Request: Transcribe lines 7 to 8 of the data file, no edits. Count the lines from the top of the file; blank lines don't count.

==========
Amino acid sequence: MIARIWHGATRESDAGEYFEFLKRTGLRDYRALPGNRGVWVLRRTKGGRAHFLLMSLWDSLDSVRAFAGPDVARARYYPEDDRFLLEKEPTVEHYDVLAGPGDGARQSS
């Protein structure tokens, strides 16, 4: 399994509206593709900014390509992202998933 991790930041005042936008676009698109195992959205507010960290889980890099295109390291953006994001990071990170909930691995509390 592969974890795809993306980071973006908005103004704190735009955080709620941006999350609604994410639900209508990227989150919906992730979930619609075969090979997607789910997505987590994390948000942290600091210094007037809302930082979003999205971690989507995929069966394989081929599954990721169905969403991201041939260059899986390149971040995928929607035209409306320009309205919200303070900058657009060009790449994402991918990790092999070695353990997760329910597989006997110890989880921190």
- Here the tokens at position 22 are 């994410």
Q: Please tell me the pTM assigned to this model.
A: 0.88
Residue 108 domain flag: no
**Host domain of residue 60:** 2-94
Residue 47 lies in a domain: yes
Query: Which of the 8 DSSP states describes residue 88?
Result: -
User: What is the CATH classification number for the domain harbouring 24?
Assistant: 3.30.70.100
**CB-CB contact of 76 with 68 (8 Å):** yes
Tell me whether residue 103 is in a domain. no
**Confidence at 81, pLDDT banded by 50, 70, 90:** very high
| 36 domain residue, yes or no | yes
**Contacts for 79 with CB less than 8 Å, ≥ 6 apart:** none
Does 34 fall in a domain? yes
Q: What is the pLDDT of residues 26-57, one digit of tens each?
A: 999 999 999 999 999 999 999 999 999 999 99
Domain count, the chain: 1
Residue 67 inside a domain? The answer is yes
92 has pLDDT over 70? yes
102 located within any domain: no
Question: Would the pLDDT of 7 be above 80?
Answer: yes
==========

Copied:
**Host domain of residue 60:** 2-94
Residue 47 lies in a domain: yes